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Eight Must Reads for the CRE Industry Today (Dec. 5, 2020)

Current and former tenants of 30 buildings that were formerly owned by the Trump family have filed a lawsuit that seeks to recoup extra rent paid and triple damages, reports the New York Times. Houston office brokers are concerned about what the Biden administration might mean for the city’s energy sector tenants, according to Bisnow. These are among today’s must reads from around the commercial real estate industry.

  1. Tenants Sue Trump Over Scheme That Drove Up Their Rents “The new lawsuit, filed in State Supreme Court in Brooklyn, seeks the extra rent paid, plus interest and triple damages, for current and former tenants in more than 30 apartment complexes that belonged to the president’s father, Fred C. Trump. The mostly austere red brick buildings — with names like Beach Haven, Shore Haven and Park Briar — are spread across Brooklyn, Queens and Staten Island. The invoice-padding scheme ran from 1992 until the Trumps sold their father’s buildings in 2004, but the artificially increased rents remained in place.” (The New York Times)
  2. Houston Office Anxiety Intensifies As Biden Energy Policy Crystallizes “In Houston, energy companies and related service firms account for more than a third of office tenants. Biden's anticipated approach to onshore hydraulic fracturing and offshore drilling — both are likely to face a tougher regulatory environment over the next four years — is now ramping up anxiety in an already-stressed sector.” (Bisnow)
  3. Petco has filed to go public as consumers adopt more pets during the pandemic “The retailer has not yet shared the number of shares available or the pricing for its IPO. It plans to be listed on the Nasdaq with the ticker ‘WOOF.’ The company noted in its filing that the number of households with pets is expected to increase by 4% this year alone, driven by the pandemic. The jump in pet owners creates $4 billion in new demand for pet care products.” (CNBC)
  4. Marcus & Millichap’s New National Director of Retail Shares His Thoughts on Changes Ahead for the Investment Sales Sector “Daniel Taub is a well-known name in the retail real estate world. He spent most of his career with DLC Management, one of the nation’s largest open-air center owners, heading up leasing and eventually becoming president and chief operating officer of the company. In October, Taub joined Marcus & Millichap as senior vice president and national director of the firm’s retail division.” (Shopping Center Business)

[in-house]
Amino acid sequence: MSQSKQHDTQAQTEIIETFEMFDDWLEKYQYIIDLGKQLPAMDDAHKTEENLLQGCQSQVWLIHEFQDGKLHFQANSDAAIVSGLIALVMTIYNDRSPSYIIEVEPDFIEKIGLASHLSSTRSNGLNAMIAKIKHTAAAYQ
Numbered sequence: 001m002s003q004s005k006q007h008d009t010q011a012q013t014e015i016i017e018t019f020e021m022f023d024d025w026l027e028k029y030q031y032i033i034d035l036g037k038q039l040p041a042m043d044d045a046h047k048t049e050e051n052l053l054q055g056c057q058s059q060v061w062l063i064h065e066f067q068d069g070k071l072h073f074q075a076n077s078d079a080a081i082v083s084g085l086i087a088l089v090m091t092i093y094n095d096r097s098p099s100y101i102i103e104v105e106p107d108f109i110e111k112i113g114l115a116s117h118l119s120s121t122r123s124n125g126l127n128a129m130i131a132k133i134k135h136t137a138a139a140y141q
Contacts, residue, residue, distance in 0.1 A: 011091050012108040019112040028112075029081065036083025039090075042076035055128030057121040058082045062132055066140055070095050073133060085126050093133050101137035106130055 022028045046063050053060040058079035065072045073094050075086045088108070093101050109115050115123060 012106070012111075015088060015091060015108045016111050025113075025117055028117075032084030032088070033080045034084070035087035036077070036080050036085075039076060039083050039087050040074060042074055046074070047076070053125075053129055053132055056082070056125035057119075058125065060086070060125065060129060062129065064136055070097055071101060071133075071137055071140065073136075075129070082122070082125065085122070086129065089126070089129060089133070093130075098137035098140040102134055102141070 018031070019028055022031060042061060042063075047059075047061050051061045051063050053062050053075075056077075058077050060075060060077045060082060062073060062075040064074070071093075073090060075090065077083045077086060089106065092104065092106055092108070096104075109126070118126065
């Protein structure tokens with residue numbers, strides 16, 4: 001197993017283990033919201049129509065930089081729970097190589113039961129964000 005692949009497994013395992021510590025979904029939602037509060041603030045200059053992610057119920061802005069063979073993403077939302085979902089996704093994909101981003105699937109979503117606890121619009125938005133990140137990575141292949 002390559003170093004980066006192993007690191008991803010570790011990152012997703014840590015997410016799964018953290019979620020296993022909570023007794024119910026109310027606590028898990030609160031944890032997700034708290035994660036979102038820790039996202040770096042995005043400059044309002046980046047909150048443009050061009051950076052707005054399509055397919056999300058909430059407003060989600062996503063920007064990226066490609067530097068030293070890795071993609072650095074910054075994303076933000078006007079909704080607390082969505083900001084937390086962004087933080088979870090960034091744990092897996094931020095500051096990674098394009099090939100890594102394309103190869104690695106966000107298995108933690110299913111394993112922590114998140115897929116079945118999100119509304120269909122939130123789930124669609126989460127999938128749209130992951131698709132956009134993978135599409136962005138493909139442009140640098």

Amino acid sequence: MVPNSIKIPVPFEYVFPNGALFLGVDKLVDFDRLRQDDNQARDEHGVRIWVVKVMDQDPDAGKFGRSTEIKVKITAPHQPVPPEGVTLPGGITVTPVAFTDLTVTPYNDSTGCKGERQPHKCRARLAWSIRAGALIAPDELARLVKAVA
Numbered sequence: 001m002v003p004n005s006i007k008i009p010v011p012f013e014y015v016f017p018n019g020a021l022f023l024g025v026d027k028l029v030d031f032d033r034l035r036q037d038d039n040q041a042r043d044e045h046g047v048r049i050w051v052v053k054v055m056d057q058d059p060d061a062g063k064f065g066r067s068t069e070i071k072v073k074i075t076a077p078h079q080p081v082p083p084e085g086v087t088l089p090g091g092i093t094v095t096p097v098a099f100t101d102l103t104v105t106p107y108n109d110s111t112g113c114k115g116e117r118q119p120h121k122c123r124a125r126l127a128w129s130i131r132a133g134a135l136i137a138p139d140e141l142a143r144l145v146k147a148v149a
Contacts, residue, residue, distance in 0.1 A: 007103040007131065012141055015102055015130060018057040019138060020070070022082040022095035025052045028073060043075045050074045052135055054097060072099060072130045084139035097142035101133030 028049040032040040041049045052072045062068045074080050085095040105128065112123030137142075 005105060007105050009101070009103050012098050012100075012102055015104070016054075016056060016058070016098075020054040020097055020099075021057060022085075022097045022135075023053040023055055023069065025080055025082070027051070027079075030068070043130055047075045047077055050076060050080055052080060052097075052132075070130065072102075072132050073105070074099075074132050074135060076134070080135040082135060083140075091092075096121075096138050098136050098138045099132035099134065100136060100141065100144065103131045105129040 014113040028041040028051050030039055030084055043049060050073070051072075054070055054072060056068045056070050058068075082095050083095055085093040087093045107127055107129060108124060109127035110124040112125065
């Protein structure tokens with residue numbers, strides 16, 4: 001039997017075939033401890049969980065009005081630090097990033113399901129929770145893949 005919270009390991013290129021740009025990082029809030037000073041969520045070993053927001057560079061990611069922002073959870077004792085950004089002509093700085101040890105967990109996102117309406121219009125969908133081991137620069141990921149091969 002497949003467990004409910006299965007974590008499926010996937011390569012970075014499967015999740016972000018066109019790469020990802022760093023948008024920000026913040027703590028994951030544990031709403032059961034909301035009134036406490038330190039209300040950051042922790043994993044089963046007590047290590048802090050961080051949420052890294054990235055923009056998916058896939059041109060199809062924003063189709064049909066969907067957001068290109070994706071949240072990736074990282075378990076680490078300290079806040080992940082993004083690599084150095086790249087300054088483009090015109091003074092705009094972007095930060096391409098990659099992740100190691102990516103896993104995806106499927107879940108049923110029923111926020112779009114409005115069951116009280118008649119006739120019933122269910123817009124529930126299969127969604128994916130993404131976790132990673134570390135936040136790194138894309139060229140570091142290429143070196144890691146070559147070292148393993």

5. SEC Settles with Cheesecake Factory Over Covid-19 Effect Claims “The SEC said that the company in the spring filed materially false and misleading disclosures saying that locations were “operating sustainably.” Meanwhile, the SEC said, the company was losing about $6 million in cash weekly and only estimated it had around four months’ worth of cash left. The Cheesecake Factory agreed to a penalty of $125,000 and didn’t admit to the SEC’s findings, the regulator said Friday.” (The Wall Street Journal)
  6. AMC Entertainment Is Selling More Stock To Raise Cash, Survive Covid-19 “AMC Entertainment on Thursday filed with the SEC to sell up to 200 million shares as the embattled exhibitor seeks to keep its business afloat with the global pandemic dragging on. It could raise $844 million at an estimated offering price of $4.22 per share, based on trading Nov. 30, the filing said.” (Deadline)
  7. Commercial property owners seeing rates grow across lines “‘People are seeing 100%-plus increases, and that’s because an umbrella policy might have historically been $10 or $20 unit,’ Marr said. ‘Now, they’re $30, $40, or $50 for a unit, and that’s just if there are no losses. If there’s been a bad loss or a couple of significant losses, which happens if you own a large number of multifamily units, it has been a challenge. That’s what people have been seeing.’” (PropertyCasualty360)
  8. Big City Conundrum: How to Persuade People to Ride the Subway “Many public-health experts and data analysts have reached a consensus that coronavirus transmission on public transport can be kept to a minimum with mask wearing, distancing and ventilation. But early this year, with unmasked people crammed into heated subway cars, public transportation likely became an accelerant for the virus, according to some studies.” (The Wall Street Journal)
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